He's either the perfect formula for reuniting the Republicans’ fractured coalition or a recipe for disaster at the...
December 19, 2005
Bush just crossed the line--again.
By defending his policy of eavesdropping on U.S. citizens without a warrant, he has placed himself above the law.
Add this to the long list of impeachable offenses that George W. Bush has committed, and put it at the top.
The President swears an oath of office that he will uphold the Constitution and faithfully execute the laws of the land.
The law against domestic spying without a warrant he has executed, all right. He shot it in the head.
When The New York Times revealed on December 16 (after sitting on the story for a year and omitting details at the request of Administration officials!) that Bush ordered the National Security Agency to monitor “the international telephone calls and international e-mail messages of hundreds, perhaps thousands, of people inside the United States without warrants over the past three years,” I expected Bush to deny it or to say he was going to review the policy.
Instead, he is vehemently defending that policy, citing his authority under the Constitution as commander in chief and Congress’s authorization to go after Al Qaeda. He did so in his radio address on Saturday and in his press conference on Monday.
But these were the very same rationales that the Bush Administration put forward last year at the Supreme Court in the case of Yaser Hamdi, one of the U.S. citizens Bush detained without charge or trial.
The Supreme Court, in an opinion by Justice Sandra Day O’Connor, did not buy those arguments at all. “A state of war is not a blank check for the President when it comes to the rights of the nation’s citizens,” O’Connor wrote.
Bush, however, keeps invoking the state of war as an excuse to do whatever he wants. At his press conference, he said his Administration bypassed going to a court and getting a warrant, as required by the Foreign Intelligence Service Act, because he wanted to “move faster and quicker.”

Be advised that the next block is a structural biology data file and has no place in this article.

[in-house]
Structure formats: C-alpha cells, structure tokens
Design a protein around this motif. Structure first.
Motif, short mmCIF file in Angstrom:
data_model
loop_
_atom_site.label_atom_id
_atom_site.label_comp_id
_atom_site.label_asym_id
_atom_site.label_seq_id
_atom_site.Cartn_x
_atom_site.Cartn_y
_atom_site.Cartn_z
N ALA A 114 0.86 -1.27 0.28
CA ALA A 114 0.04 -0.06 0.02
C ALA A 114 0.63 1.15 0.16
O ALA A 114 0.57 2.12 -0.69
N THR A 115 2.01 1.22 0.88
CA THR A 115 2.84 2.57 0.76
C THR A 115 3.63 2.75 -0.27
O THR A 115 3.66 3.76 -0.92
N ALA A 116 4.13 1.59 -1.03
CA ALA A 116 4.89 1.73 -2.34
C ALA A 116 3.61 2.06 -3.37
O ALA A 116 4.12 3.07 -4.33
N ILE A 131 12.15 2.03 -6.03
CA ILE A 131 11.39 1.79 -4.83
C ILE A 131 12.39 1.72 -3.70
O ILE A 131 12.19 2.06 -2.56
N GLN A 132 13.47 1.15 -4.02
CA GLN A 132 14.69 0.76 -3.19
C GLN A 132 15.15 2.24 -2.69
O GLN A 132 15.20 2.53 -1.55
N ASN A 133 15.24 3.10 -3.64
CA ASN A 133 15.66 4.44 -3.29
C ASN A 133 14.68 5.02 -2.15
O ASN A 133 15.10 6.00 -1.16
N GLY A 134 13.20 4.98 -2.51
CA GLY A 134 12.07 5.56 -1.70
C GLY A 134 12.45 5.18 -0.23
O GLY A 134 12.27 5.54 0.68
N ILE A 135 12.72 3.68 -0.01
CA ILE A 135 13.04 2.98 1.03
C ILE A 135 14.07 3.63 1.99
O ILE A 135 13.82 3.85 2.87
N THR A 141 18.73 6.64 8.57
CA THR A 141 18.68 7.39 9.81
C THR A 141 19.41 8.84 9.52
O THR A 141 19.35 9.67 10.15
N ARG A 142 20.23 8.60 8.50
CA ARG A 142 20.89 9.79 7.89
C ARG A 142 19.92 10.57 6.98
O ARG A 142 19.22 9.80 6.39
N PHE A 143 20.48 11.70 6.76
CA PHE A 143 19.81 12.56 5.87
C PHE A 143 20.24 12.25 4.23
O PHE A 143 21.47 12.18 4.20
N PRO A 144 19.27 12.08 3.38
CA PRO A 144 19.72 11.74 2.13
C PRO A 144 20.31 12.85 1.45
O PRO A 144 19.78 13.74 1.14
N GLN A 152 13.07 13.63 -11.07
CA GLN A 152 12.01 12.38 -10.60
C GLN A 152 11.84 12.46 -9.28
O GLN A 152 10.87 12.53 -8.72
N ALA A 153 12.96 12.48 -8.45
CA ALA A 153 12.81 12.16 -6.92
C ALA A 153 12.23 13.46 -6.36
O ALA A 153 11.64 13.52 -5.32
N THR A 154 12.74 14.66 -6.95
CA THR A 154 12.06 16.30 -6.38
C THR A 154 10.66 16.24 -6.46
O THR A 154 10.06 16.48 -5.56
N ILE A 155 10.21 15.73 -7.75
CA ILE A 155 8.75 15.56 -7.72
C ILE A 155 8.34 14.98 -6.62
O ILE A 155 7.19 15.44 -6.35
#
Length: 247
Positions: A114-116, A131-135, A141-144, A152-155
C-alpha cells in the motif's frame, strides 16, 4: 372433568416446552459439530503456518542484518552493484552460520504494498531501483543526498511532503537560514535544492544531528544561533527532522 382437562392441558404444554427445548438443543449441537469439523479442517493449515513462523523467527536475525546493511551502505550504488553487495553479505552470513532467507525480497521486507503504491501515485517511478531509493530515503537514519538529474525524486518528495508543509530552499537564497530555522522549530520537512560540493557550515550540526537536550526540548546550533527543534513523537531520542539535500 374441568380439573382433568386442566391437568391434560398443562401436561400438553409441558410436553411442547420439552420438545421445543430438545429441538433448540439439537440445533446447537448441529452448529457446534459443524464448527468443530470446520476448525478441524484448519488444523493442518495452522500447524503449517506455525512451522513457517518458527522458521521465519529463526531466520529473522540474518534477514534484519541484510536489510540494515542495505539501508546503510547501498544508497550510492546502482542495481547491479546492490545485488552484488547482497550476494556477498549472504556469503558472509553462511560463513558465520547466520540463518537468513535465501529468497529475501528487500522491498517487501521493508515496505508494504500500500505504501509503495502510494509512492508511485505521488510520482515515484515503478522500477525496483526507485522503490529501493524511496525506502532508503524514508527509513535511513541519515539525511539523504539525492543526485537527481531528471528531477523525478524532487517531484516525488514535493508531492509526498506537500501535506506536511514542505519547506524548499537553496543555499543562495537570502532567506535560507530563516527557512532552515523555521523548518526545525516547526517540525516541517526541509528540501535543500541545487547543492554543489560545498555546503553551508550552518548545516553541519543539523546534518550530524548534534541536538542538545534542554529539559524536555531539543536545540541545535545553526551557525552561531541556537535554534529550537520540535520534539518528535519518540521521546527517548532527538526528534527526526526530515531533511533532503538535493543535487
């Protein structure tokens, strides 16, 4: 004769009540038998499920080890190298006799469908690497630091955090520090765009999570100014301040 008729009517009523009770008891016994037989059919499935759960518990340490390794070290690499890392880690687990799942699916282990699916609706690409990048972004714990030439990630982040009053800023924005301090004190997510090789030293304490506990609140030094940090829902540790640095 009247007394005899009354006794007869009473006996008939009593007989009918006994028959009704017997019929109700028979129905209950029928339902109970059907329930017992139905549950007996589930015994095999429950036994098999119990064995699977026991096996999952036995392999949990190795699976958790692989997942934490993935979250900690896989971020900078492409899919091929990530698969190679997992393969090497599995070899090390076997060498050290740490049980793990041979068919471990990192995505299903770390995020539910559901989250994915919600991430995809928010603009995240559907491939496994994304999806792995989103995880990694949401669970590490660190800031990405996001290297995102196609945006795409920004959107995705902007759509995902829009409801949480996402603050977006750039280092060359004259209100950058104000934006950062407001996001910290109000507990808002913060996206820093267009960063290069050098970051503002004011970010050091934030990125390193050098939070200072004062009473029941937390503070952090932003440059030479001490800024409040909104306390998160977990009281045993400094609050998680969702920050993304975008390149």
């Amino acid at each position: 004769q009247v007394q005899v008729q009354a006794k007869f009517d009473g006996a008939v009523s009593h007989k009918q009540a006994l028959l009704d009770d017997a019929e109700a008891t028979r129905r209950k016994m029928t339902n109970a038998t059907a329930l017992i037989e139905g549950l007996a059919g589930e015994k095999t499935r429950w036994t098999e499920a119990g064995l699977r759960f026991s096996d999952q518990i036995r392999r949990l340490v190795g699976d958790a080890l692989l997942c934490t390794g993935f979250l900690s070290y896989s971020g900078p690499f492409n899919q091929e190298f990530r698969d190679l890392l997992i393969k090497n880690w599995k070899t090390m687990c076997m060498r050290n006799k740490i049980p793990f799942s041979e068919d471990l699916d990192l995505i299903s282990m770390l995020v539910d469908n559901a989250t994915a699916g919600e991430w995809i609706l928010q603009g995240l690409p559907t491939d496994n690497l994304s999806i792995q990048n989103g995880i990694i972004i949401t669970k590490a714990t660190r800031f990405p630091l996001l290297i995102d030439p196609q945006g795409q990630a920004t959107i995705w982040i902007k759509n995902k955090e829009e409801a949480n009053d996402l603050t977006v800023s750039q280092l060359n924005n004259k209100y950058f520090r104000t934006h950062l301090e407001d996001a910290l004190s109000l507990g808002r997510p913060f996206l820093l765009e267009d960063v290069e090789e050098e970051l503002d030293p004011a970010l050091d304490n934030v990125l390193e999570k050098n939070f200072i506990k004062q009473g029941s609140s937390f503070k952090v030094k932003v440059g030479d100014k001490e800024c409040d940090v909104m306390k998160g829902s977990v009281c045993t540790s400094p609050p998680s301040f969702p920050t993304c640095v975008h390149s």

Leaving aside the fact that the FISA court almost never rejects a request for a warrant and that the law already allows the government to move expeditiously and then seek a warrant 72 hours after the fact, Bush's excuse could have been used by any President any time in our history to flout the law in a time of war.
During World War II and the Cold War, Presidents needed to be fast on their feet, too, but that didn’t mean Roosevelt or Kennedy could violate citizen’s right to privacy whenever he wanted to.
Bush, with Dick Cheney and Alberto Gonzales whispering in each ear, believes his Presidential power is virtually unchecked in times of war.
Gonzales, the chief law enforcement officer in the country, even testified at his confirmation hearing that the President could disregard the law.
“I do believe there may come an occasion when the Congress might pass a statute that the President may view as unconstitutional,” Gonzales told Senator Patrick Leahy. “. . . Obviously, a decision as to whether or not to ignore a statute passed by Congress is a very, very serious one, and it would be one that I would spend a great deal of time and attention before arriving at a conclusion that, in fact, a President had the authority under the Constitution to. . . .”
Senator Russ Feingold pointed out the grave problem with such an attitude, “The President believes that he has the power to override the laws that Congress has passed. This is not how our democratic system of government works. The President does not get to pick and choose which laws he wants to follow. He is a President, not a king. . . . He’s President George Bush, not King George Bush.”
Richard Nixon was impeached, in part, for such power grabs. One of the three articles of impeachment that came out of the House Judiciary Committee in 1974 said: “Using the powers of the office of President of the United States, Richard M. Nixon, in violation of his constitutional oath faithfully to execute the office of President of the United States and, to the best of his ability, preserve, protect, and defend the Constitution of the United States, and in disregard of his constitutional duty to take care that the laws be faithfully executed, has repeatedly engaged in conduct violating the constitutional rights of citizens, impairing the due and proper administration of justice and the conduct of lawful inquiries, or contravening the laws governing agencies of the executive branch and the purpose of these agencies.”
If you replace Nixon’s name with Bush’s, the article still stands.